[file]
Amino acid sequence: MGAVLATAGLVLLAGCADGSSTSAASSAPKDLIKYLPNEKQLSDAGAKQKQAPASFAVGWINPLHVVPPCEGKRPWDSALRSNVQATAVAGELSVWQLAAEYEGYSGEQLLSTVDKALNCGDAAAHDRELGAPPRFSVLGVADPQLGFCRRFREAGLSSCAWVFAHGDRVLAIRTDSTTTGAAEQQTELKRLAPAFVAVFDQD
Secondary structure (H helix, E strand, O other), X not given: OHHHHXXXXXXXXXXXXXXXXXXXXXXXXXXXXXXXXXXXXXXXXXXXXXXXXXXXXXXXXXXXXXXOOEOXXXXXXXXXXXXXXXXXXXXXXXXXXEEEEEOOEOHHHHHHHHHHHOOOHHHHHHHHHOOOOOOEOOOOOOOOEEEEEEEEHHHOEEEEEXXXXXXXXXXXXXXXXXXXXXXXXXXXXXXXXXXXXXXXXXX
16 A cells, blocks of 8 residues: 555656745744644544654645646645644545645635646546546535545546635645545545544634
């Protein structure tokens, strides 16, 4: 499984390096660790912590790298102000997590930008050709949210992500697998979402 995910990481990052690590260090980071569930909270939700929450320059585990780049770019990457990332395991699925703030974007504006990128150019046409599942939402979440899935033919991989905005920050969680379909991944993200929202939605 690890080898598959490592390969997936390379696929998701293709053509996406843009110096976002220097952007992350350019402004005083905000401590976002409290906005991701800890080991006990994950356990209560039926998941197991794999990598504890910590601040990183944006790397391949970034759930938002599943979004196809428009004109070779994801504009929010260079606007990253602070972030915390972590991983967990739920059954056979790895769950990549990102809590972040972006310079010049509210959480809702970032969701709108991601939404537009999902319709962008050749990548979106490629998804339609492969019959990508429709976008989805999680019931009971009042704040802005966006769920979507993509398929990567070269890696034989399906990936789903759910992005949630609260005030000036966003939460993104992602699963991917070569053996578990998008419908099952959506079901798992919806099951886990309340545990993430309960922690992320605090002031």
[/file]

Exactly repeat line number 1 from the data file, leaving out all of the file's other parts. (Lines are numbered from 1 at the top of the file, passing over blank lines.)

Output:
Amino acid sequence: MGAVLATAGLVLLAGCADGSSTSAASSAPKDLIKYLPNEKQLSDAGAKQKQAPASFAVGWINPLHVVPPCEGKRPWDSALRSNVQATAVAGELSVWQLAAEYEGYSGEQLLSTVDKALNCGDAAAHDRELGAPPRFSVLGVADPQLGFCRRFREAGLSSCAWVFAHGDRVLAIRTDSTTTGAAEQQTELKRLAPAFVAVFDQD